Worse yet, when workers ranked five tasks based on their importance to their overall retirement planning, selecting a savings rate, arguably the most critical determinant of retirement success, was ranked first by the fewest number of people. Only 8% of people say it is the most important aspect of their overall retirement planning.
And what about how workers perceive the risk of target-date funds?
• Over 23% of workers believe that there is little to no chance that they will lose money either before or after the
• 41% think there is little to no chance of losing money in any one-year period, and
• 70% think they are equally as likely or less likely to lose money in any one-year period, as compared to investing
in money market funds.
These results are consistent with another survey conducted by Janus. Their survey found that 19% of target-date fund investors believe that the fund guarantees them a certain level of income once they retire. This percentage skyrocketed for investors whose primary source of advice was their employer (56%) and those who relied on friends, family and co-workers (39%).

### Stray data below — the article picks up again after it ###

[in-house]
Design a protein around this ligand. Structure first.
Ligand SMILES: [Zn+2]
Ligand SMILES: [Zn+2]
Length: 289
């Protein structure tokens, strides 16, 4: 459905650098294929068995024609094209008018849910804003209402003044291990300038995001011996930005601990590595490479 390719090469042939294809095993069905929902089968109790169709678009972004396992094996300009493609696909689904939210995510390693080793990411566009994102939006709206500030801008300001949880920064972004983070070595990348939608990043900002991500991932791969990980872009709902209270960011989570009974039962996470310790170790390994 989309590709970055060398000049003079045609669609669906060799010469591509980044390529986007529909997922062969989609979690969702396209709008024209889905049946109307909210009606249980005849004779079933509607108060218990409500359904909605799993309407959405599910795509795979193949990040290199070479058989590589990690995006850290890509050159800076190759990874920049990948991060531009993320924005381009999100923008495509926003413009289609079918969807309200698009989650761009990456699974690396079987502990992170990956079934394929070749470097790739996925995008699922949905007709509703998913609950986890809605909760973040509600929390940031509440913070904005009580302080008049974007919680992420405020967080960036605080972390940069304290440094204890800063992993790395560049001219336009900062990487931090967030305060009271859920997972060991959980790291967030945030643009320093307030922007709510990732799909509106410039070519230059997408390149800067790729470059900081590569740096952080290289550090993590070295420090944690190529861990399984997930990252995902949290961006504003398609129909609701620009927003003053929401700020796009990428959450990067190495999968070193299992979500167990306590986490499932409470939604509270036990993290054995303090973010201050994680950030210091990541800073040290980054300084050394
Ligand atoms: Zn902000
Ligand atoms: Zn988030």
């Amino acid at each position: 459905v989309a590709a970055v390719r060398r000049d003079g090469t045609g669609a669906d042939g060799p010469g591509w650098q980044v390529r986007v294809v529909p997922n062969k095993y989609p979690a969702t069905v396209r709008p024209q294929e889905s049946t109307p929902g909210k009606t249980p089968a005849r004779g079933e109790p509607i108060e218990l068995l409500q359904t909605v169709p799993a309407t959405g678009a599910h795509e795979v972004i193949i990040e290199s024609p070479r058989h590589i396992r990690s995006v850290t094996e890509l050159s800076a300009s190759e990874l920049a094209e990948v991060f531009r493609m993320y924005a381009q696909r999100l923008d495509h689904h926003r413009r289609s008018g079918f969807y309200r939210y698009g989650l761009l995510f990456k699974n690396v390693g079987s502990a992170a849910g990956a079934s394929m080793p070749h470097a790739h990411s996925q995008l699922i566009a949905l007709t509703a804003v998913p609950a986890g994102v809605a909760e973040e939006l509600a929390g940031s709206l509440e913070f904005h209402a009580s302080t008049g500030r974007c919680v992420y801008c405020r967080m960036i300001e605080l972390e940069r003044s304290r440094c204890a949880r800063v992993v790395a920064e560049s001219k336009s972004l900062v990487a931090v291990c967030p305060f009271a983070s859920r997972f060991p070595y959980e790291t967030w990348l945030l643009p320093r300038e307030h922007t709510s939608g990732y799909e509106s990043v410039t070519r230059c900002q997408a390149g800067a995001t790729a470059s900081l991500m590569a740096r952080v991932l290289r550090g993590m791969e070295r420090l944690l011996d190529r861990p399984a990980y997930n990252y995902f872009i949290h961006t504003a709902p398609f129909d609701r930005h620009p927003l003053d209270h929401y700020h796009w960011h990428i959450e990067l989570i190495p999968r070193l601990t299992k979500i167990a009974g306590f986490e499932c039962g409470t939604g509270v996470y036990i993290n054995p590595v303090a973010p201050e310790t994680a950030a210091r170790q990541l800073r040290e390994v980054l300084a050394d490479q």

What Might Explain These Findings?
Although more research is necessary to determine probable psychological explanations, we offer three potential ones. Michael will be happy to further discuss each of these during the question and answer period.
Excessive Optimism. Humans tend to be tirelessly optimistic. Examples abound. It’s why more than a majority of people think they will be better than typical.
Framing Effects. How these funds are framed may fit into a particular schema or mental framework, of investors. For example, the framing may set expectations that the fund will somehow solve general retirement planning issues, rather than just asset allocation issues. These mental frameworks may be so powerful that people will remember what they expect, not what they are told. For example, researchers have found that when people expected books to be in a graduate research office, about a third recalled seeing books in that office, even when there were none. Similarly, how target-date funds are framed may create expectations that the funds make various promises related to retirement readiness on the target date– even when no such promises exist – which will cause people recall those non-existent promises as having been made.